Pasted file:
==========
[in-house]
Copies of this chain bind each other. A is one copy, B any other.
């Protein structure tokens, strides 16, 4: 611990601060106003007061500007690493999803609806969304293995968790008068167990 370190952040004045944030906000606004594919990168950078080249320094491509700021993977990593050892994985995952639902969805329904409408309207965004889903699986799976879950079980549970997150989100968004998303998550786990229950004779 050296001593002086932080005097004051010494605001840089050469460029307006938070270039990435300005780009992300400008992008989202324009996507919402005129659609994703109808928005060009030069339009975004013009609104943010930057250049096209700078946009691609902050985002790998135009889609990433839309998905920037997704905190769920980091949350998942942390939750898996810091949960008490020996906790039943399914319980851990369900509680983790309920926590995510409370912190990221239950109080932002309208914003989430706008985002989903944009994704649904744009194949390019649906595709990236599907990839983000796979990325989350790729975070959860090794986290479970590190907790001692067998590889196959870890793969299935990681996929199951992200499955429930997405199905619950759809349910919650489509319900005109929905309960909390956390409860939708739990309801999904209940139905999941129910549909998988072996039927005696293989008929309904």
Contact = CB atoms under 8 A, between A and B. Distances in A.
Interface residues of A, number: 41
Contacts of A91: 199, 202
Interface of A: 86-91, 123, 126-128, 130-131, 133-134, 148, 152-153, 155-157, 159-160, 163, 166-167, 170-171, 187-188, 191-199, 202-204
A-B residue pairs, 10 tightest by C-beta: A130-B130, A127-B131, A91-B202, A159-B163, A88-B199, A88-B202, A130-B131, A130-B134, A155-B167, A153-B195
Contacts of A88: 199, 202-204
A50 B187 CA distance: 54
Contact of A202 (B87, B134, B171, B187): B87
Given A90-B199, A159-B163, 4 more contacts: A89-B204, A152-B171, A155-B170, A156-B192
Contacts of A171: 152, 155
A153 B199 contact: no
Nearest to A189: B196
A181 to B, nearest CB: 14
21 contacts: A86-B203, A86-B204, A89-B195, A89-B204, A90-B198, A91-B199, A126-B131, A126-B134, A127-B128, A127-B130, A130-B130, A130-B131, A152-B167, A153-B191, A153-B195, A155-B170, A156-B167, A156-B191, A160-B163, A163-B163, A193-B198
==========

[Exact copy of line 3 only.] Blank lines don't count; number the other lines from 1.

């Protein structure tokens, strides 16, 4: 611990601060106003007061500007690493999803609806969304293995968790008068167990 370190952040004045944030906000606004594919990168950078080249320094491509700021993977990593050892994985995952639902969805329904409408309207965004889903699986799976879950079980549970997150989100968004998303998550786990229950004779 050296001593002086932080005097004051010494605001840089050469460029307006938070270039990435300005780009992300400008992008989202324009996507919402005129659609994703109808928005060009030069339009975004013009609104943010930057250049096209700078946009691609902050985002790998135009889609990433839309998905920037997704905190769920980091949350998942942390939750898996810091949960008490020996906790039943399914319980851990369900509680983790309920926590995510409370912190990221239950109080932002309208914003989430706008985002989903944009994704649904744009194949390019649906595709990236599907990839983000796979990325989350790729975070959860090794986290479970590190907790001692067998590889196959870890793969299935990681996929199951992200499955429930997405199905619950759809349910919650489509319900005109929905309960909390956390409860939708739990309801999904209940139905999941129910549909998988072996039927005696293989008929309904």